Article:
Do you enjoy the expat life?
The expat life is a really, really good experience. But sometimes you get people who come to a new country and complain about everything – the traffic, the pollution – to those people I say ‘get on with life’! If you are unhappy with it, move on and find the positive things in that place – there’s plenty of it. A traffic jam gives me a chance to meditate. I can complain about it for two hours or I can close my eyes and relax, catch up on my emails and have some alone time.
That brings me to my next question. As this is the Mind, Body and Soul issue, what do you do to achieve a healthy mind, body & soul in this city?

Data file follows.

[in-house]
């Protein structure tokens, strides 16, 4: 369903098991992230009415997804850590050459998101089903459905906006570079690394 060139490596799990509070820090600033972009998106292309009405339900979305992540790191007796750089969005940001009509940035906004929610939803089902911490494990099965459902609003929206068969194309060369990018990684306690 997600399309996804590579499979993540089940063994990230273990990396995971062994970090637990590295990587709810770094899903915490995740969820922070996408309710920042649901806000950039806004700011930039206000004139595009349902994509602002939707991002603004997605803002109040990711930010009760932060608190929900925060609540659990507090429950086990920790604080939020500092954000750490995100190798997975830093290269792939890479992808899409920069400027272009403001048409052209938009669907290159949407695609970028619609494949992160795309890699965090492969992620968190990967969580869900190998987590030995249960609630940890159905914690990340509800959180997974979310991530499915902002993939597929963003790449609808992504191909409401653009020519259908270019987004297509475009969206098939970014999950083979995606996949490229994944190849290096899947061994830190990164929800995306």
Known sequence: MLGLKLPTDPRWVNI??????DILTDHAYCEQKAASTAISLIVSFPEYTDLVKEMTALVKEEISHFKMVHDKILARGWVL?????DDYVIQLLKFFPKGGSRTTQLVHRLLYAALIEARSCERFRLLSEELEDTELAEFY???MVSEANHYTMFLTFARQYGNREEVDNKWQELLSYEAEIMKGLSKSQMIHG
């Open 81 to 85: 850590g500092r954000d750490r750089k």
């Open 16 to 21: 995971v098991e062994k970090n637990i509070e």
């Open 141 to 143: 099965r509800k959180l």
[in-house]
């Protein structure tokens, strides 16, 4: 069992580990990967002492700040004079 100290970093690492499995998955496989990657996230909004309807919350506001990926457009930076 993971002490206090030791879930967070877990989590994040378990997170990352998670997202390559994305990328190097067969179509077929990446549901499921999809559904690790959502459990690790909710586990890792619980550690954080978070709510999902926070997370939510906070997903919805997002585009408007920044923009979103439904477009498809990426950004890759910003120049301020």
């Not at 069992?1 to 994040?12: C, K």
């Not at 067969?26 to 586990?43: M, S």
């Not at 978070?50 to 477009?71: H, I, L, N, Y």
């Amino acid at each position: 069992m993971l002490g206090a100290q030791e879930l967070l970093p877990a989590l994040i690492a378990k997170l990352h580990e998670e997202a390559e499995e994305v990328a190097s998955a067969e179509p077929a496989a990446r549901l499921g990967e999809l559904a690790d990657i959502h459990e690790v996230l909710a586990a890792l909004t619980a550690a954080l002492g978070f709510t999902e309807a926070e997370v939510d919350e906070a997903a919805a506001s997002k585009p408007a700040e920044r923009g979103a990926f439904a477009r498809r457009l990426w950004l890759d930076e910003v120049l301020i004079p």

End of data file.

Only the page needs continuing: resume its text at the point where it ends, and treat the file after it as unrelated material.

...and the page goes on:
I belong to the Jakarta Outdoor Adventurists Club. It’s just a great bunch of people and we travel around the country, go on hikes, and get to see things that a lot of expats don’t get to see. We get to speak in Bahasa Indonesia along the way, eat Indonesian food, sink into the culture. We went to Krakatoa last month, the Papandayan mountain and a couple of weeks ago we went to the Dieng plateau. The club is also hiking the three Ss; Sindoro, Sumbing and Slamet. At least that gets me out of the city for some fresh air for the weekend, so I try to do that as much as I can. I also practice meditation, I try to tame what the Buddhists call the ‘monkey mind’ and relax.
If you can take a memorable experience out of your stint in Indonesia, what would it be?
It would have to be the acceptance that my staff in Indonesia has shown me. I’ve been in many countries and this is the one country I’ve ever really felt welcomed. It’s very uplifting, they make me part of the family. I’ve never felt that anywhere else in the world.